09:00 – 12:00 (Estimated time: 3 hours)
Rationality: In the article Changing perceptions: The power of autism, published in Nature in 2011 by Laurent Mottron of the Institut universitaire en santé mente in Montréal and the Asperger researcher Michelle Dawson, the need for rethinking about our beliefs on the different neurological structure is stated of the autistic mind, moving from a vision of deficit and dysfunctionality to one that takes into consideration potential and quality. This cultural process takes the name of Neurodiversity.
The term neurodiversity was born on September 30, 1998 in an article published by Harvey Blume in the New York Times and sent by Judy Singer (Blume, 1998). Neurodiversity is an idea that atypical neurodevelopment (neurodivergent from the norm) is a normal and continuously situated difference in the spectrum of natural human variance, which must be recognized and respected like any other biological variation of color, stature, gender and inclination. Differences can appear in the way information is acquired, processed and language, sounds, images, light, texture, taste, movement and emotions (Harmon, 2004).
The concept of neurodiversity was therefore born to indicate the natural variation that leads to the Autistic Spectrum, subsequently this aspect took two paths: the first in which the concept was extended to all types of neurological variation, not only those of a dimensional nature.
While respecting the different ideas and extensions, the concept of neurodiversity carries with it ethical implications that should guide both the clinician and society as a whole, for example:
- understand that neurodiverse people may need support (different according to different needs) but not treatments aimed at “normalizing”;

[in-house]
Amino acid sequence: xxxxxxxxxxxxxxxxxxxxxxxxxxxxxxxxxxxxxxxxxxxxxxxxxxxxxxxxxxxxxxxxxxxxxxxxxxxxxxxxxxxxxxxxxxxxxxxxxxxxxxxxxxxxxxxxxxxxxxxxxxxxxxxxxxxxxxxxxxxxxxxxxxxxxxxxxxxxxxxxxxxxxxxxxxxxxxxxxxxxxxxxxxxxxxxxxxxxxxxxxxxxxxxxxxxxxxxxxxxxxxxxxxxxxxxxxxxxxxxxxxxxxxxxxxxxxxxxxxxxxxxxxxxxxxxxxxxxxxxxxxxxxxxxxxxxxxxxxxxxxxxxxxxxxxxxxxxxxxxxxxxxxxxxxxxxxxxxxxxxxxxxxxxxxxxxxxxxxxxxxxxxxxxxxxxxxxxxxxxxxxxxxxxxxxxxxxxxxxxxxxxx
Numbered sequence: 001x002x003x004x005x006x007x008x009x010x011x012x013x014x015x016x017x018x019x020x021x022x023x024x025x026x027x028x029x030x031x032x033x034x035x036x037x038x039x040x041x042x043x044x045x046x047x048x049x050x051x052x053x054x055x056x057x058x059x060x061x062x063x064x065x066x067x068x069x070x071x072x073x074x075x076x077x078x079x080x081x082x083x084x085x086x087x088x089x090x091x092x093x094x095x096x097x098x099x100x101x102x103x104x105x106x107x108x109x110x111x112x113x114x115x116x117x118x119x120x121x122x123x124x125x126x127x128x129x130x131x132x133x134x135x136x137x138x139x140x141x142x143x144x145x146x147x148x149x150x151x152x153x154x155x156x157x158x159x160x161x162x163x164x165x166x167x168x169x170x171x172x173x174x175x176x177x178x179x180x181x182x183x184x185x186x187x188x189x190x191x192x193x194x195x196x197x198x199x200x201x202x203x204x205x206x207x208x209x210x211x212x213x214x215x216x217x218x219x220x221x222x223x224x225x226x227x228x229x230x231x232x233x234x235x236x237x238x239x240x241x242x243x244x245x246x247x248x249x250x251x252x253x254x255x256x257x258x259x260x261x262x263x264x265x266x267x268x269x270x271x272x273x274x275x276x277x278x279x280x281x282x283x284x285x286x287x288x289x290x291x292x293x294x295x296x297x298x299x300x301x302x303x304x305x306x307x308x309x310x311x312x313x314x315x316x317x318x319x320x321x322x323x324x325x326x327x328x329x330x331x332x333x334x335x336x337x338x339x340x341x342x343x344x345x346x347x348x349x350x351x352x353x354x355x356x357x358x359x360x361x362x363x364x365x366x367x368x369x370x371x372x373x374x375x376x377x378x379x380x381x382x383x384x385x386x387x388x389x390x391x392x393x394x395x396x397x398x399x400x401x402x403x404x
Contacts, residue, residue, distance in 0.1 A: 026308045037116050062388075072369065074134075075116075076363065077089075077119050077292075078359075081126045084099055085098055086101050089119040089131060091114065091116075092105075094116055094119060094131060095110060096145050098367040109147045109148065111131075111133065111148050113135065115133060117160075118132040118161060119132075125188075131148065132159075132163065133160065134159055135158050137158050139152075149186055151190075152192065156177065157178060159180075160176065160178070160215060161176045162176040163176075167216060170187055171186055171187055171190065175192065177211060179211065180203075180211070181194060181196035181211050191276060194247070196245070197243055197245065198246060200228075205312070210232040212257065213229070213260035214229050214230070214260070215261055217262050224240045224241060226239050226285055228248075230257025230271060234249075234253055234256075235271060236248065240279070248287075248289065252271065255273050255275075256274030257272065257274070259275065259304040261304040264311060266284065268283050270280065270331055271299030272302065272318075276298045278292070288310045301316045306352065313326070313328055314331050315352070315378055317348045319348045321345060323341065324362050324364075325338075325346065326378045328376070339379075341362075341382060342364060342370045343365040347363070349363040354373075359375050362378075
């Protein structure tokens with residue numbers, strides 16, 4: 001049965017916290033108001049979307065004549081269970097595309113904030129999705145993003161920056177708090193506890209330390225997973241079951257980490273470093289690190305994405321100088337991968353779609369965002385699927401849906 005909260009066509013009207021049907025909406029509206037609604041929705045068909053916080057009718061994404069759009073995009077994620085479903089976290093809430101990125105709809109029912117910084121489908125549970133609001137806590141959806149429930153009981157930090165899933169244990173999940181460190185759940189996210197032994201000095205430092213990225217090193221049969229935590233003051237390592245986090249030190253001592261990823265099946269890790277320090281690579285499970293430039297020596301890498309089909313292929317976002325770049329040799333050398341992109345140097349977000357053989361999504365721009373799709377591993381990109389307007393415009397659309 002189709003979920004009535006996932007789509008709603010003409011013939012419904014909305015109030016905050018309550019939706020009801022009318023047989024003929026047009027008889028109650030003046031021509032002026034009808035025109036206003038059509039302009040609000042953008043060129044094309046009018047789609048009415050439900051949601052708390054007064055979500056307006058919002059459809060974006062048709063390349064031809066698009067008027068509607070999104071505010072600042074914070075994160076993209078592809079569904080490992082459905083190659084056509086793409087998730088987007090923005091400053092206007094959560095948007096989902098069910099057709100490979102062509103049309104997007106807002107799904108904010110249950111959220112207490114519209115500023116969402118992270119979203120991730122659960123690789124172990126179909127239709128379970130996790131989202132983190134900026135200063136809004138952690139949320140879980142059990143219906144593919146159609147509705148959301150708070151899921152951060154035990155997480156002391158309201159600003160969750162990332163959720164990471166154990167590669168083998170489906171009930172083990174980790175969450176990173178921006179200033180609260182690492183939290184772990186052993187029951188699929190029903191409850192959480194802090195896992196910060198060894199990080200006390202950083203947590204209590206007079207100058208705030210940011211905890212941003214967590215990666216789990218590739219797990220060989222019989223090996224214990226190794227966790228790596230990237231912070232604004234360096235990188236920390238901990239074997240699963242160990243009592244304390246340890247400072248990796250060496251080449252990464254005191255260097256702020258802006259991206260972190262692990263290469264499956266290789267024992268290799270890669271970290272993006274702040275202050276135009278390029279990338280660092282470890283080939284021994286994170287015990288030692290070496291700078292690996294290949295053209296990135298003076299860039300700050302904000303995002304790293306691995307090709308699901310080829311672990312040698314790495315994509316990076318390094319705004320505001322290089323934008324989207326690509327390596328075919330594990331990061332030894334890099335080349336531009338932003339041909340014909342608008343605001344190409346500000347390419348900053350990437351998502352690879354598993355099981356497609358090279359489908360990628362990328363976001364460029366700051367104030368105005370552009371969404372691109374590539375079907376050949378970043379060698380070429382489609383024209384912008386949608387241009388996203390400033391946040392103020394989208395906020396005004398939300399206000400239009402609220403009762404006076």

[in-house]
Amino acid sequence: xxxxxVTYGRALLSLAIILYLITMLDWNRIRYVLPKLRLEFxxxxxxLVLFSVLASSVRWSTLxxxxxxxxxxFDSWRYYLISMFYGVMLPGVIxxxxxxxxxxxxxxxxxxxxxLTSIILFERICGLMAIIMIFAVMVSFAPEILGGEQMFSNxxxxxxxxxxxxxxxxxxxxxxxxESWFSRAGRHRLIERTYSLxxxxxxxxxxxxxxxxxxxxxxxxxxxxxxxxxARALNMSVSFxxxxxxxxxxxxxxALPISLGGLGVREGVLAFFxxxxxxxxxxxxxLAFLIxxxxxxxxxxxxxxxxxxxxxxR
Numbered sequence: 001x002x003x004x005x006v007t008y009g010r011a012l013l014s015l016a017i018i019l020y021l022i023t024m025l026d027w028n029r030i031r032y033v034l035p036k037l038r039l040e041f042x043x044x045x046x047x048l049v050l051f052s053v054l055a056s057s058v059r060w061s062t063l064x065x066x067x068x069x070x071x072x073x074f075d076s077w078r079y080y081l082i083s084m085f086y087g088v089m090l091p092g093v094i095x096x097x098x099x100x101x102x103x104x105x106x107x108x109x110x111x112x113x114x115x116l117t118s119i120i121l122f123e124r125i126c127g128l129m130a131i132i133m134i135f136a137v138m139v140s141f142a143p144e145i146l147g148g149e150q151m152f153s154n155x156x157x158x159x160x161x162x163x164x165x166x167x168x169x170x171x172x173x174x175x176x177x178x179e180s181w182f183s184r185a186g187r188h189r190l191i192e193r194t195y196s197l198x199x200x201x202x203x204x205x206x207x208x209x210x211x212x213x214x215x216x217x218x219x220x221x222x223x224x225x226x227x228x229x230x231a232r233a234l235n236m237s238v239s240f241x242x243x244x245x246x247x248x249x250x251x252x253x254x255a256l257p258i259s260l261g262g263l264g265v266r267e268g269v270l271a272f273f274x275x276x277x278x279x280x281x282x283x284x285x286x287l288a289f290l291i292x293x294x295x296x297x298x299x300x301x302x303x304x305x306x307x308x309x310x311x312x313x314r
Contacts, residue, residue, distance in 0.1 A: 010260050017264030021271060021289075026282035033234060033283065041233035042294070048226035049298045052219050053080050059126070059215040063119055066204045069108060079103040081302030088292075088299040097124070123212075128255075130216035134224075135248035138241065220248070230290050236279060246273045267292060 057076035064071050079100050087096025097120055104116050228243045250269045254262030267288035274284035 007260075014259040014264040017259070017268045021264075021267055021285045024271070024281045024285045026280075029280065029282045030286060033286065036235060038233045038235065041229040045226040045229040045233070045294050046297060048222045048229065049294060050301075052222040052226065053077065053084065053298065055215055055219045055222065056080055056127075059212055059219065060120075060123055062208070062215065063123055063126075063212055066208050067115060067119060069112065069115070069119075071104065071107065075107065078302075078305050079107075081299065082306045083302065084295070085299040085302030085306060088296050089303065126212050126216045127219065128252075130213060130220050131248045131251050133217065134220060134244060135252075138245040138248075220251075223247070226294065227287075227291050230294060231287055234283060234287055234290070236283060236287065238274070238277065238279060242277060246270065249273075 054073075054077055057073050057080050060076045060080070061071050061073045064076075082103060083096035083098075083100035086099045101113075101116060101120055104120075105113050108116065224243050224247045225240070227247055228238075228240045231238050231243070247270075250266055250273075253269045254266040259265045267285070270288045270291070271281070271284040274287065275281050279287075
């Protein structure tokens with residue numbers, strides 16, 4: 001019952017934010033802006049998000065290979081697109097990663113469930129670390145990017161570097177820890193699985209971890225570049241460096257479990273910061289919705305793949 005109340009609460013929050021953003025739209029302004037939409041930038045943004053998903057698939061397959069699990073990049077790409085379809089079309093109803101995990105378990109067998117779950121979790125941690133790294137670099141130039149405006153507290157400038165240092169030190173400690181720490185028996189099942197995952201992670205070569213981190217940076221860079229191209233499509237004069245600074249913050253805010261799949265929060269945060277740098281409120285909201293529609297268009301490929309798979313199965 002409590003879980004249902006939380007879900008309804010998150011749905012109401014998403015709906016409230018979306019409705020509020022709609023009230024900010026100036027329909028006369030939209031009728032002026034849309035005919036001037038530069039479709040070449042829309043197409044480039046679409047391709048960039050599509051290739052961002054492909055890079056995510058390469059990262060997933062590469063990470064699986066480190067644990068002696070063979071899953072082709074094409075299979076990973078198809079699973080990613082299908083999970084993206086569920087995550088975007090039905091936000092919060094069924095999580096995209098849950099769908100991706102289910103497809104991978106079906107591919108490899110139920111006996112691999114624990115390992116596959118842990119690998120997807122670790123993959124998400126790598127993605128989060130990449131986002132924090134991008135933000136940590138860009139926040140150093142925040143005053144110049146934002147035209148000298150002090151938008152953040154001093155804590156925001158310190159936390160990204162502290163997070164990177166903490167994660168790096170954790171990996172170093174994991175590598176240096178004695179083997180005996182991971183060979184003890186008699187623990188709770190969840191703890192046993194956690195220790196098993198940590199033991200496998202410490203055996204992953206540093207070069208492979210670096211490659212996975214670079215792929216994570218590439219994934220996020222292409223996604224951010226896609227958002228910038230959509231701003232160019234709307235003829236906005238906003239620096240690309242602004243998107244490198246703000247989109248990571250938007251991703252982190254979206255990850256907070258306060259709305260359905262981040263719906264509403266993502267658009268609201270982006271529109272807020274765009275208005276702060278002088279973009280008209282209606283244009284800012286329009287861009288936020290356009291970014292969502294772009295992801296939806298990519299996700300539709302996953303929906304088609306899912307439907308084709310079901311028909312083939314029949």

- change the language based on the “disease” nomenclature (disorder, disorder, etc.);
- broaden the concept of autonomy and psychophysical well-being in order to adapt it to those with different needs, reviewing what is considered a “success” at the level of social functioning;
- to give neurodiverse individuals greater control over the types, times, research and modalities of treatment as well as the freedom of choice;
- promote equality of opportunity;eliminate discrimination;
- eliminate bullying done to the detriment of neurodiverse or disabled people and perpetrated because of their diversity;
- encourage the participation of neurodiverse or disabled people in the public life;
- raise awareness of differences in individual behaviors in order to generate a climate of acceptance of the different;
- promote appropriate social changes in order to make the environment family, school, work and social more suitable for presence of neurodiverse people;
- provide opportunities for exchange and discussion;
- provide neurodiverse people with positive models on which to build their own identity (Morrice, 2006, Palfreman, 2009).
Within this context this third module aims to deal with common challenges that a person with ASD may face in different given environments during typical routines and activities that promote academic skills, positive behaviors, problem solving and independence.